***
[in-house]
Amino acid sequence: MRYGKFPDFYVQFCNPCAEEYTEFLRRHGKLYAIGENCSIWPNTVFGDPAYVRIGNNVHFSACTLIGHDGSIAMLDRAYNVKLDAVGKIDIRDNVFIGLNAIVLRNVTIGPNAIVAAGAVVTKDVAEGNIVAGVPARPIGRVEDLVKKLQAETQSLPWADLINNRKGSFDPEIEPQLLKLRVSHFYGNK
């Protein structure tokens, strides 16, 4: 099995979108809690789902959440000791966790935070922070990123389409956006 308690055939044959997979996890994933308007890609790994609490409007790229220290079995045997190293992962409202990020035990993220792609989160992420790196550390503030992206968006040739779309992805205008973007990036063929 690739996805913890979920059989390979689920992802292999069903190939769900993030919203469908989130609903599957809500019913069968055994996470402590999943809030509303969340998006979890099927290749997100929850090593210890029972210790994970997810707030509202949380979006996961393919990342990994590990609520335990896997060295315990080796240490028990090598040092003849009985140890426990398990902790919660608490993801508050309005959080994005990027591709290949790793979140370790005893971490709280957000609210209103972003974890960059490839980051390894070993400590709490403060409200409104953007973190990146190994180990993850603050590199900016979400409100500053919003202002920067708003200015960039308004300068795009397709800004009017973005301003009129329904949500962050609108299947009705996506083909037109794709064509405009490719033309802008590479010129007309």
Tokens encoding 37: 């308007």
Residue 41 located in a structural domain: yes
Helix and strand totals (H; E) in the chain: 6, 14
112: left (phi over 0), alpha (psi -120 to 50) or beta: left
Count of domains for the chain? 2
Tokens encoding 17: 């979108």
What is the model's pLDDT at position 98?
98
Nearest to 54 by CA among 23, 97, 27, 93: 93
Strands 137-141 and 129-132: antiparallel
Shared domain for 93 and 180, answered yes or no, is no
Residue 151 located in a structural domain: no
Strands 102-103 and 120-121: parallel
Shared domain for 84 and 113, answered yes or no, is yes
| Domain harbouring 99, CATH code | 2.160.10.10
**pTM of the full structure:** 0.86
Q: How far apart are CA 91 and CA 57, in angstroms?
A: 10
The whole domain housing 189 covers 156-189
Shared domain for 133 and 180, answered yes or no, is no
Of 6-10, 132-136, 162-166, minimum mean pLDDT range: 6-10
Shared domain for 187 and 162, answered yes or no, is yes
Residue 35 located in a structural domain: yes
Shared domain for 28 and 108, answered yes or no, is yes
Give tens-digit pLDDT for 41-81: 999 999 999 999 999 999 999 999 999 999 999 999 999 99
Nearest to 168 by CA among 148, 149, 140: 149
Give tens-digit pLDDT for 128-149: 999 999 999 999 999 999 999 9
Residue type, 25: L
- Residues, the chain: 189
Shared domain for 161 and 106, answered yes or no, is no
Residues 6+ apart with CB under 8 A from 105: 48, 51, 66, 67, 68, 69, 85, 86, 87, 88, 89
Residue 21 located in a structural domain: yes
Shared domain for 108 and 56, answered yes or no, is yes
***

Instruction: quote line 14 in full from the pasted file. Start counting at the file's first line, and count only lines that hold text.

Shared domain for 93 and 180, answered yes or no, is no